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History of AUP

57 Years Strong

For 57 years our mission has been to provide students from all over the globe with a life-changing university experience that crosses disciplines, cultures and borders, enabling them to achieve their professional goals wherever they choose to go. The American University of Paris, at the juncture of American educational values and a global orientation to teaching and learning, has not wavered from the original premise of its founding: to help students question their comfort zone, step past accepted knowledge, meet people from all over the globe and meet their academic and professional expectations for themselves. We believe that only when you’re at home in the world will you be able to forge your place in it.

When Lloyd DeLamater, a 40-year-old former US State Department official, decided in 1962 to found the American College in Paris, his idea was far ahead of its time. Indeed, whether by virtue of the decidedly international bent of his life – born in New York, he was a war veteran, held degrees from multiple international institutions, married a French woman, and lived all across Europe in his roles as a US Foreign Service and NATO officer – or his extensive observations of postwar Europe, DeLamater was quick to grasp that the world could not survive as a disparate mix of isolated countries and peoples with little connection among them. He sought to “bridge the gap of narrow nationalisms,” creating an institution that would educate those ready to explore a world far beyond their birthplace.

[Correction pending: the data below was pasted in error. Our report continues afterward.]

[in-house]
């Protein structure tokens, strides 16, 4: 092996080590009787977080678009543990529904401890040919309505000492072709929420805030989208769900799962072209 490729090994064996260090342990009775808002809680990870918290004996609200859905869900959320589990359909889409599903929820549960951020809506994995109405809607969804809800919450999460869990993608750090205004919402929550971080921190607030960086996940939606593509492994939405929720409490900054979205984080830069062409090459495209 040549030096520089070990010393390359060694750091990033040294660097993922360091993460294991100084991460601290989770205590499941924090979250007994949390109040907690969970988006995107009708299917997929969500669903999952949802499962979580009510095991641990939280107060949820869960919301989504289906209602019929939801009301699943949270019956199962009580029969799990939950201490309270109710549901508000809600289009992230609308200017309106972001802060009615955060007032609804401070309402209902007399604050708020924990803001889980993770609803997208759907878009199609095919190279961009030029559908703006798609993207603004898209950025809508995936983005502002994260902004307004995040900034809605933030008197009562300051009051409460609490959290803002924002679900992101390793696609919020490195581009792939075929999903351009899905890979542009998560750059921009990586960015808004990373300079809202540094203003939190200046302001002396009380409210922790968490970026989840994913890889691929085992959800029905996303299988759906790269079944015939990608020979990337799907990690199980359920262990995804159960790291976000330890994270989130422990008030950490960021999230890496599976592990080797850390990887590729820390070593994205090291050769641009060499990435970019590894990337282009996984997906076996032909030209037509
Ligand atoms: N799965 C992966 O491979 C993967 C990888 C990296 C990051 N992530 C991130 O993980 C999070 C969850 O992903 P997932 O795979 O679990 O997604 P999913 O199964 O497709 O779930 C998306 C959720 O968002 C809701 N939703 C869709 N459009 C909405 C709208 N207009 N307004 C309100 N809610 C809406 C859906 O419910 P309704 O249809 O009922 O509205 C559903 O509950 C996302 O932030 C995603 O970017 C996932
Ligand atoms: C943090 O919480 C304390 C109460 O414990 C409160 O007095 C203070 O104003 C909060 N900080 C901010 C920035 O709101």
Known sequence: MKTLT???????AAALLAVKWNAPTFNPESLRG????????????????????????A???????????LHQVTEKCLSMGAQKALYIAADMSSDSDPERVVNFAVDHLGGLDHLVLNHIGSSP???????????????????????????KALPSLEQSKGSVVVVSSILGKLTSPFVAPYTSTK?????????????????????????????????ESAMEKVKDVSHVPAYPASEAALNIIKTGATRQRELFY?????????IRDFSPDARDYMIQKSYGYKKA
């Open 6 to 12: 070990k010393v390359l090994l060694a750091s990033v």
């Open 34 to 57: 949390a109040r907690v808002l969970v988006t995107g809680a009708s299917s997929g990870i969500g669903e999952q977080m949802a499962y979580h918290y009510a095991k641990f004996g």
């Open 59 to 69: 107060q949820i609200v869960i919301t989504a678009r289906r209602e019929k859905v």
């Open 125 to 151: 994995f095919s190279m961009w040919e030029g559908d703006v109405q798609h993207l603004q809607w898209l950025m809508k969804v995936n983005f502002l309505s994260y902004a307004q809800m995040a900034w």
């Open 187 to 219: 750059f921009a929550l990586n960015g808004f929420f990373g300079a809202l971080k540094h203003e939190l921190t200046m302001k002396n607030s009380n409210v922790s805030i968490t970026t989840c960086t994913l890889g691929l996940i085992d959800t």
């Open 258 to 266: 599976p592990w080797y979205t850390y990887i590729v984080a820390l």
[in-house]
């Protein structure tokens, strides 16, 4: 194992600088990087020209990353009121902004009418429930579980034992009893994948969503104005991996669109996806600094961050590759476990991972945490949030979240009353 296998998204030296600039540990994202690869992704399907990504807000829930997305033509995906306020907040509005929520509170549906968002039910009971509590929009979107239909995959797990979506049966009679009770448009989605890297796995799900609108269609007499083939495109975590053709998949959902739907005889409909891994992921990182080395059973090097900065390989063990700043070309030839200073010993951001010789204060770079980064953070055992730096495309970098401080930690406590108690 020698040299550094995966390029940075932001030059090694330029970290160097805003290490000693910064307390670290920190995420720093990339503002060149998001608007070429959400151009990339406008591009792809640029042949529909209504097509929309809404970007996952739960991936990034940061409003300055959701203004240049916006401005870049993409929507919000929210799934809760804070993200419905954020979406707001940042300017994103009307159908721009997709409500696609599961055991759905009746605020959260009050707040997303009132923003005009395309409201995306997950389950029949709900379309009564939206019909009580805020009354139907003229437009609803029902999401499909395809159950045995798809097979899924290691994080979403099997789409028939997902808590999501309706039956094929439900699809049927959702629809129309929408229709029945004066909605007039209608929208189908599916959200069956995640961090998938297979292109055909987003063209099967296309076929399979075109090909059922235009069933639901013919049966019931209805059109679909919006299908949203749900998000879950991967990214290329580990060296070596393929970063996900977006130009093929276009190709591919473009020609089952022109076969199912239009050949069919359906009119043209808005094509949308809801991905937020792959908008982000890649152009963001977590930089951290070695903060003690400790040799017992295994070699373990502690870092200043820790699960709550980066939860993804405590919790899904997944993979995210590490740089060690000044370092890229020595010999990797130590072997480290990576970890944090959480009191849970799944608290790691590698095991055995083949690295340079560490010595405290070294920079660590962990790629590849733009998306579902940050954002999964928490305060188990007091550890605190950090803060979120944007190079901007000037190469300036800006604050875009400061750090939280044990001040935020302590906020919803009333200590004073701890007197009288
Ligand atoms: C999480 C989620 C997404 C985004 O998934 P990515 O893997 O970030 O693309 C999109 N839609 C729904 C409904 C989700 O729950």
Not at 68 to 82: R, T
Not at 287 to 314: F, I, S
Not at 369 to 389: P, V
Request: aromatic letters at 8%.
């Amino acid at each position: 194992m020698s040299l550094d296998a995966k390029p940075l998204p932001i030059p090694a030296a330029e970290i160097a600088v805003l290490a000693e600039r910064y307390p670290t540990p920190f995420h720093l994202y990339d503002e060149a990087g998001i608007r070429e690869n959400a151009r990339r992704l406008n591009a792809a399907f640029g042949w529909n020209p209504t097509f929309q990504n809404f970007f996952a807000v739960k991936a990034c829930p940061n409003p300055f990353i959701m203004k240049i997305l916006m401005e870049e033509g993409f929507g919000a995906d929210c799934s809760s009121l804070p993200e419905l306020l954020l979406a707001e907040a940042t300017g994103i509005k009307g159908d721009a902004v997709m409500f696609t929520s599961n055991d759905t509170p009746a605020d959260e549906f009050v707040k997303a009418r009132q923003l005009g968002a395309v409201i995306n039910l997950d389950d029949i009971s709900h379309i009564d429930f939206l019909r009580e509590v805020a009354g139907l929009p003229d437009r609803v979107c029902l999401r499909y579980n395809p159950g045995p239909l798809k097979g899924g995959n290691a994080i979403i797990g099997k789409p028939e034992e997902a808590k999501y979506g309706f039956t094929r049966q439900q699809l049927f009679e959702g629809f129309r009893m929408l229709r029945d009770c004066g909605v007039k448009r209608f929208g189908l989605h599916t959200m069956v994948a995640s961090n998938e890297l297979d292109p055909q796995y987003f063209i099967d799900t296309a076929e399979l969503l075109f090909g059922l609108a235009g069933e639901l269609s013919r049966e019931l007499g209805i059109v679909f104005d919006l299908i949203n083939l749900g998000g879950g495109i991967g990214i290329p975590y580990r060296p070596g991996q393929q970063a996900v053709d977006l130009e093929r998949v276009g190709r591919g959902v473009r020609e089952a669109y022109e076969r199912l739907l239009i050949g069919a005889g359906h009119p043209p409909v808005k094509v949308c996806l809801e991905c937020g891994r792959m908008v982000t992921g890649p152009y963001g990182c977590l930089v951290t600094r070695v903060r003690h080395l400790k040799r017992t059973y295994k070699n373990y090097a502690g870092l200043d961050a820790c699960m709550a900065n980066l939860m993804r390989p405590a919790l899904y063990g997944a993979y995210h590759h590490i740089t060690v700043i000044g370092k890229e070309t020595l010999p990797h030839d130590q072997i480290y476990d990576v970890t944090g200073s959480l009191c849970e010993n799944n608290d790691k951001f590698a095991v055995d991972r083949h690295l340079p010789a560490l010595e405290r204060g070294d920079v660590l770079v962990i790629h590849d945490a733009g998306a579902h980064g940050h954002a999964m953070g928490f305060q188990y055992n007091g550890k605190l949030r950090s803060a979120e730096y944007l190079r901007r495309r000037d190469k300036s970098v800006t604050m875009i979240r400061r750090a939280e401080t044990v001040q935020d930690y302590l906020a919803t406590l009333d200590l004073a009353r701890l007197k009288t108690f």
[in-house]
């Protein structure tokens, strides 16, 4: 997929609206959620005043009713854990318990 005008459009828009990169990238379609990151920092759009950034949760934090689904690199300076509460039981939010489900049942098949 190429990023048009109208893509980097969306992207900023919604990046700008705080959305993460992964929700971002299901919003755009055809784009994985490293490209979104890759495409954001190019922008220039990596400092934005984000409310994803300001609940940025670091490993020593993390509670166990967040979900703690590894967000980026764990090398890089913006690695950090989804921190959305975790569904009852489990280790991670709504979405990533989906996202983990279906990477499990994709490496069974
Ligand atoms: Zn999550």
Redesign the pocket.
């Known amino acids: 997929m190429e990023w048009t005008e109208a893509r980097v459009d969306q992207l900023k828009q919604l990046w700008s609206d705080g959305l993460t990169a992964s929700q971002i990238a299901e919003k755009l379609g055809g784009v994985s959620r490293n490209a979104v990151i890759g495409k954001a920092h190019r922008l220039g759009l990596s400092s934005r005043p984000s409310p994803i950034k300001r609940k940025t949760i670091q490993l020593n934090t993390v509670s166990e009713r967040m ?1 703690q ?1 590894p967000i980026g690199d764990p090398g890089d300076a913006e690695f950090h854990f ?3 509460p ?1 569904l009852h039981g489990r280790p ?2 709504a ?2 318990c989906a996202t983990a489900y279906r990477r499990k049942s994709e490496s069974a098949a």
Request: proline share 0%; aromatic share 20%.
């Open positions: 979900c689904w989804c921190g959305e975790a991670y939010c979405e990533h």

This new project began in a series of rented rooms in the basement of the American Church of Paris with an entering class of 100 students. While offering similar courses to many other US universities, the American College of Paris, or ACP as it was then known, was moved by a very different spirit. Describing this first class of students, DeLamater praised not only students' academic performance, but also how each had studied a foreign language, with many achieving fluency and rapidly adapting to French culture. At a time when America was busy defining American identity, DeLamater was promoting a learning model in which students could find their own individual identities and communities, while engaging with an international and cosmopolitan city. With the incorporation of the American College of Paris in 1962, DeLamater succeeded in establishing a place where students could push past the borders of their home countries and launch themselves into an increasingly interdependent world.